Frasgird: The Game (start here)

Events culminate in a process often referred to as frašgird, the final transfiguration of the cosmos, when the forces of evil (and hence dualism) will be eliminated. — Religions of the Ancient World: A Guide (Sarah Iles Johnston, 2004, Harvard College)

Several hundred years ago, forewarned of pending disaster, a fragment of humanity scattered from Earth, like spores from a bursting pod, using recently discovered hyperdrive technology. In their wake, the Earth itself vanished during a massive re-merging of quantum realities. Humans found most habitable planets already occupied by other sapient species; with various levels of accommodation, humans established footholds, mostly precarious, on these worlds, and began to find their place in a much wider universe, adapting to their varied environments. Now, though, human numbers are dwindling, and once-thriving settlements sit empty and abandoned. It is unclear itself whether this is the work of other sapients or if reality itself is rejecting the remnants of humanity. What is clear is that if this goes on, humans will vanish from the universe forever.

A small group of humans seeks to reverse that trend. They are establishing a colony, Frasgird, anchored and protected against the reality shifts and damages caused by the periodic merging of multiverses. They need to gather in by trade and mining from neighboring star systems the goods and raw materials needed to build the colony. They also need to seek out the “green ice” pods scattered among the worlds, holding humans and technology from the last great Diaspora, some 13,000 years ago during an earlier uplifted human civilization that subsequently vanished — or was destroyed — in the events surrounding the Lesser Dryas ice age. And they need to gather in from the scattered remaining human colonies both the people needed to build Frasgird and the genetic diversity necessary for humanity to survive.

In the game Frasgird: Defying the Endtimes, you assume the roles of those seeking to establish Frasgird and save humanity. Each game starts with the probability of humanity’s survival at 50% and sinking; as you work through the game, your goal is to stop the decline, and then raise that probability higher and higher.

Your initial and principal role is as Elare, Frasgird’s founder and administrator. With limited resources, you must plan the layout and building order of Frasgird, then use both local contacts and interstellar traders to have the requisite materials brought to the colony site. In so doing, you have to manage resources, relationships, and visibility to the rest of the universe.

Beyond that, you must send out trusted explorers to do two critical tasks. The first is to find any remaining “green ice” pods. These pods not only maintain what is inside in absolute stasis, they protect the contents from the damage done by the occasional ‘quantum jitters’ (or even ‘quantum quakes’) caused by astronomical numbers of multiverses collapsing down to a relative handful. Each pod contains living humans from 13,000 years ago, who not only add to the colony’s genetic diversity, but who also have direct knowledge of advanced technology — and in some cases, working examples, preserved from quantum collapse damage during those elapsed millennia.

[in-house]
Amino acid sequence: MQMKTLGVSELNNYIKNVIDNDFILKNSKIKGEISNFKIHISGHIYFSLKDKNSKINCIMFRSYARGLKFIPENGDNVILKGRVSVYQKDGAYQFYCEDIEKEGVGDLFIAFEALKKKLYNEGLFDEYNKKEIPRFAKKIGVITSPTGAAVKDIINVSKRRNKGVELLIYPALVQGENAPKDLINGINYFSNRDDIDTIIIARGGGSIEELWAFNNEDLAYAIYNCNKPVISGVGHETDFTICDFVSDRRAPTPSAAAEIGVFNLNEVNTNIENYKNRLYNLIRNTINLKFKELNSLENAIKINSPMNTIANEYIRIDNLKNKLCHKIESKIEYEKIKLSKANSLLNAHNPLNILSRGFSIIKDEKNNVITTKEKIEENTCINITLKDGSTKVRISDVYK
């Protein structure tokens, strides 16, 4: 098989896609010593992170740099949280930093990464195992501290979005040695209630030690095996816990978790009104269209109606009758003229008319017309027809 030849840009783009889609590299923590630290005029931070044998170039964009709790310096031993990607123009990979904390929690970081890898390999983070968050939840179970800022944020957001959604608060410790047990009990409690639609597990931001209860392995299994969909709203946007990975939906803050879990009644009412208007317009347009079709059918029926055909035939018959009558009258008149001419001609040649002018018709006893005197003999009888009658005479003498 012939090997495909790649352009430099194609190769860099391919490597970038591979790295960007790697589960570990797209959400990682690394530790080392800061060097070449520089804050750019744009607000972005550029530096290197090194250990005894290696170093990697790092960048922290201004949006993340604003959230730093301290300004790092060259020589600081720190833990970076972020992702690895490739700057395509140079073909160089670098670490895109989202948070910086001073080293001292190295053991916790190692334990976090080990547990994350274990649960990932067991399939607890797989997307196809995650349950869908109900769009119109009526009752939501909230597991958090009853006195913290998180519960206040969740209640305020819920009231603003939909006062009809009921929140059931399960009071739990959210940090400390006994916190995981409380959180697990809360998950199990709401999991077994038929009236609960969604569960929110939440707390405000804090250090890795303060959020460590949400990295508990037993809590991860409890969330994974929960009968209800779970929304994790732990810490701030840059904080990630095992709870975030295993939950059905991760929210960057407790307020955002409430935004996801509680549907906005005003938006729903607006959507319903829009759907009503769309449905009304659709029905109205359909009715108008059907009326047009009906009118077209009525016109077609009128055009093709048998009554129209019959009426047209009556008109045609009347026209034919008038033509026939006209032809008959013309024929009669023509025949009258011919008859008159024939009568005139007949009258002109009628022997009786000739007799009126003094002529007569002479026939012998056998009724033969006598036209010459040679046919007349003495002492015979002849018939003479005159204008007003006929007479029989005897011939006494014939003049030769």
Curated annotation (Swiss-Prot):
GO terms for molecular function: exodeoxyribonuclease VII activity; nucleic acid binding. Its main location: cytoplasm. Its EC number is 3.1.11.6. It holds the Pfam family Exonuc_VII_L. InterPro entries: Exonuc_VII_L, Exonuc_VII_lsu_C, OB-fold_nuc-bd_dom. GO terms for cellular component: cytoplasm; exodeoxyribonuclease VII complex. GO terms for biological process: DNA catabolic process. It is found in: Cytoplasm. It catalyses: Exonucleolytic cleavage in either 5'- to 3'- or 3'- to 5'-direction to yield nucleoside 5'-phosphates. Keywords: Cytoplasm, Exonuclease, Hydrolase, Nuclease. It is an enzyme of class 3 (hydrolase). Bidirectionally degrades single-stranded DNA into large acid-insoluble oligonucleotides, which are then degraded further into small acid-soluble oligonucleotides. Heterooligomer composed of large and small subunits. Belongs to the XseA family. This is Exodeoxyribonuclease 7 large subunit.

The second critical task is to make contact with the human settlements scattered throughout the other star systems, especially those threatening to vanish, and encourage them to start a migration to Frasgird. The information they bring may help trigger technological and social advances when combined with that from other human colonies; the genetic diversity they bring increases the odds of humanity’s survival as a species.

The miners, traders, and explorers you send out will operate under a set of guidelines that you establish, but will still make decisions influenced by their own characteristics. However, the game will give you the option of directly controlling these individuals for a period of time. In other words, you can turn management of the colony over to an ‘automated’ Elare and assume the role of one of these other characters, allowing you to do hands-on control of their actions.

Through this, time will continue to move forward, and the probability of human survival will be constantly updated. When you take a break from the game, you have the option of letting it continue forward in a completely autonomous mode, with triggers to pause the game and/or notify you should certain events occur; or you can pause the game and pick it up where you left off.